Our culture has created a social system that allows the driving forces of patriarchy to flourish. Although many people may not be purposefully attempting to continue this system of patriarchy, we each play a role in its survival. For many the problem is not that they are promoting patriarchy but that they are not challenging the system. In Johnson’s article “Patriarchy”, he is not examining whether a patriarchal system exists in our culture but what factors are driving this system to continue. The articles analyzed demonstrate Johnson’s theory of patriarchy by exemplifying his three facets of the patriarchal system and by recognizing the notion of the path of least resistance.
Johnson argues that patriarchy is made up of more than just individuals. Systems are more complex than people (Johnson 92). Within a system there are different parts the come together to form a whole. In terms of patriarchy, these parts are the different standards and ideals that patriarchy upholds. The three facets of patriarchy are male centered, male identified, and male dominated. Also patriarchy is not just driven by men, women can also play a role in its continuation. Believing in the equality of men and women is not enough to challenge the system (Johnson 94). Our culture must break down and question the parts of the patriarchal system in order to lessen its grip on our culture.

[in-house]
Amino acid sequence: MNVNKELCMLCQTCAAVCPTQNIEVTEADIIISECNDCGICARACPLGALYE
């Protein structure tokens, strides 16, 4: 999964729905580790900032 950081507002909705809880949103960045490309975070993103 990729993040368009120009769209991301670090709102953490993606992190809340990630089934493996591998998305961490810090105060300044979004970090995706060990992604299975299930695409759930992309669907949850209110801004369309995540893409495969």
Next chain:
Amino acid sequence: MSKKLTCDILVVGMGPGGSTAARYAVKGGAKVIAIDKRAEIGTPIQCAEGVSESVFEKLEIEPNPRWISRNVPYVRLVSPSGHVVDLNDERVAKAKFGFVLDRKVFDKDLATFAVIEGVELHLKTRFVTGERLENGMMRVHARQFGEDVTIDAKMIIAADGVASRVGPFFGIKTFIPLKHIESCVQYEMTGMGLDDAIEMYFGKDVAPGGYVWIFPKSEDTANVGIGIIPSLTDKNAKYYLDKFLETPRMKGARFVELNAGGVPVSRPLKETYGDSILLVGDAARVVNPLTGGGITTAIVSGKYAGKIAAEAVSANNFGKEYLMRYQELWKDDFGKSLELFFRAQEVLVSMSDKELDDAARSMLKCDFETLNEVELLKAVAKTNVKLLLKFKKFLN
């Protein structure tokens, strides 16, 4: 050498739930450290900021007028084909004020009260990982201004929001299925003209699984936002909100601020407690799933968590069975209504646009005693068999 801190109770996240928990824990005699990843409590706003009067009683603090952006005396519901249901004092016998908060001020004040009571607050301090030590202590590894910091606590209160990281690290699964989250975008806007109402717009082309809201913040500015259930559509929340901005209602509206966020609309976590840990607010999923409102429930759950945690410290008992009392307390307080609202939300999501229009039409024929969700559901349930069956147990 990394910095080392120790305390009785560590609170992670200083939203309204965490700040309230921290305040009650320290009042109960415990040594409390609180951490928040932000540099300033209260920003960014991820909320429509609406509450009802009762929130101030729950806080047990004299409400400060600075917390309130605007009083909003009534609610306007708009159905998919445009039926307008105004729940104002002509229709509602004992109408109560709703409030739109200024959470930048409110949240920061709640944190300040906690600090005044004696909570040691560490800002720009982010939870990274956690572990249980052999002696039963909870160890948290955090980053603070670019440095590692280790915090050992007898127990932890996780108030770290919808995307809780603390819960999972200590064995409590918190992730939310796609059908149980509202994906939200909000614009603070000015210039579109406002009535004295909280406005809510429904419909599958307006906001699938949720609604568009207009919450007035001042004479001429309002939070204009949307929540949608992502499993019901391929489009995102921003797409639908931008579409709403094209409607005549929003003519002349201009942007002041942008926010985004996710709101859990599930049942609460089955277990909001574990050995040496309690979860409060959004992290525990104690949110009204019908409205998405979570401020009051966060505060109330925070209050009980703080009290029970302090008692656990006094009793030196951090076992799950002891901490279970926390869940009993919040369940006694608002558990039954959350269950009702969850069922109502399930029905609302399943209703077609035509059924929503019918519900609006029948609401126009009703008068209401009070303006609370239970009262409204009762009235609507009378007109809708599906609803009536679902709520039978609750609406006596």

In Hugo Schwyzer’s article “Janae’s Legs” he discusses the concept of homosociality and reveals the male-centeredness of patriarchy. Although he does not make this exact claim, homosociality is one of the reasons behind the continuation of patriarchy. Schwyzer defines homosociality as “the idea that men are raised in our culture to be more eager to please other men than women” (Schwyzer 70). Homosociality allows men to form bonds with one another often through the objectification of women. This connection with other men is important, and there is a risk of losing masculinity if a man should choose not to participate in homosocial behavior. Even Schwyzer, a pro-feminist thinker, has found himself going along with the banter of his peers out of fear of exclusion.
When relationships begin to be formed around ideas that drive patriarchy it becomes very hard to overturn these notions. Although not all male friendships are formed out of objectifying women, homosociality allows connections to be made very quickly among men. This article also shows the fears of taking the “path of resistance”. Men as well as women are apprehensive to go against the group. Deciding not to join in on the homosocial behavior could result in exclusion or ridicule, and often standing your ground is not worth that risk. The connections that are formed around this behavior are one of the many reasons patriarchy continues in our culture. Many men are afraid to go against other men in fear of seeming feminine. This pressure for men to appear masculine is one of the many parts that form the system of patriarchy.